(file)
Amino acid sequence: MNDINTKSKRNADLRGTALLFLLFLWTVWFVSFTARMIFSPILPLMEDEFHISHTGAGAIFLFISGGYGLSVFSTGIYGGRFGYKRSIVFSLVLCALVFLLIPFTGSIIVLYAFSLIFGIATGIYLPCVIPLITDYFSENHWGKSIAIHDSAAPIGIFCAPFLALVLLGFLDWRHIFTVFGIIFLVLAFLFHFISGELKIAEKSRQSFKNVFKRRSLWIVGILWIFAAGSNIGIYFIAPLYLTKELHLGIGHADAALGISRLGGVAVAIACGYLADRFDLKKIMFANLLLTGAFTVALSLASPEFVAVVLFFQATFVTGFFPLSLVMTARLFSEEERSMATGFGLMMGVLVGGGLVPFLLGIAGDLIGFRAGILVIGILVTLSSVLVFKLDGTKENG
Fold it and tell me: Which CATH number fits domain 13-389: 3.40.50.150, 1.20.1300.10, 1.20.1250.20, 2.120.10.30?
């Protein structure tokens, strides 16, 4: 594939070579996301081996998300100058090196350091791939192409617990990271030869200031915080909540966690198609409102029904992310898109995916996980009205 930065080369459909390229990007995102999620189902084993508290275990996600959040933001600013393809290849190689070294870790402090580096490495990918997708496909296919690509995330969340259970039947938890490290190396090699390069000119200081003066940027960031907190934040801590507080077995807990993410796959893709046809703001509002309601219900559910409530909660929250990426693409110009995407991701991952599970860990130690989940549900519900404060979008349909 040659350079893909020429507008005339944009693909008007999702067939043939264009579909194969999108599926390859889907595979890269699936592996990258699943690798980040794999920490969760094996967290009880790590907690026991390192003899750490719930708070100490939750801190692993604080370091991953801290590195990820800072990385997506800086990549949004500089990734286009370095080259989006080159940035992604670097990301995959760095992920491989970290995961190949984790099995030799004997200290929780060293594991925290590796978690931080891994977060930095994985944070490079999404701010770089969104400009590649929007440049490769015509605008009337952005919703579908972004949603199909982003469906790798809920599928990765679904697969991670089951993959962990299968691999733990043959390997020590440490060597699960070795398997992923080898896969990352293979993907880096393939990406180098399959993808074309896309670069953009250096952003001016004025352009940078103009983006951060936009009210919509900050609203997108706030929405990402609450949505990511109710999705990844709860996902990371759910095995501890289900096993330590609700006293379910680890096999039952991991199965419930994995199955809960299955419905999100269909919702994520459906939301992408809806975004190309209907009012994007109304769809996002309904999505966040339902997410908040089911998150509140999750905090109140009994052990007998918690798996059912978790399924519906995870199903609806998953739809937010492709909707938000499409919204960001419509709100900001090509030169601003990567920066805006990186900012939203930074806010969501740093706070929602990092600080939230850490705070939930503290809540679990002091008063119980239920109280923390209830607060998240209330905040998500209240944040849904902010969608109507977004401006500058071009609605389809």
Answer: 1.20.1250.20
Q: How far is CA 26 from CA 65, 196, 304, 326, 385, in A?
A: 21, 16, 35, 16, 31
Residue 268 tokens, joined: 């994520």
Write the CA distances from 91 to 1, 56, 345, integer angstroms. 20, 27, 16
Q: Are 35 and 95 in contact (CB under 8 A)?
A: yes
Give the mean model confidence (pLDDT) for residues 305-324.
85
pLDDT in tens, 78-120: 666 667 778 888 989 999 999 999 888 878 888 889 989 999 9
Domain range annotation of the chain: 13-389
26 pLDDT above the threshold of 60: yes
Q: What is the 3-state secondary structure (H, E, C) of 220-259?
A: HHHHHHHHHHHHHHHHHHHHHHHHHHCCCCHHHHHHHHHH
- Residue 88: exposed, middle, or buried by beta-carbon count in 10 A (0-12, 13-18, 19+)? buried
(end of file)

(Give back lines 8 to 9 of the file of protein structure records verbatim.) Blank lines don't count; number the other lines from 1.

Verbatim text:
Write the CA distances from 91 to 1, 56, 345, integer angstroms. 20, 27, 16
Q: Are 35 and 95 in contact (CB under 8 A)?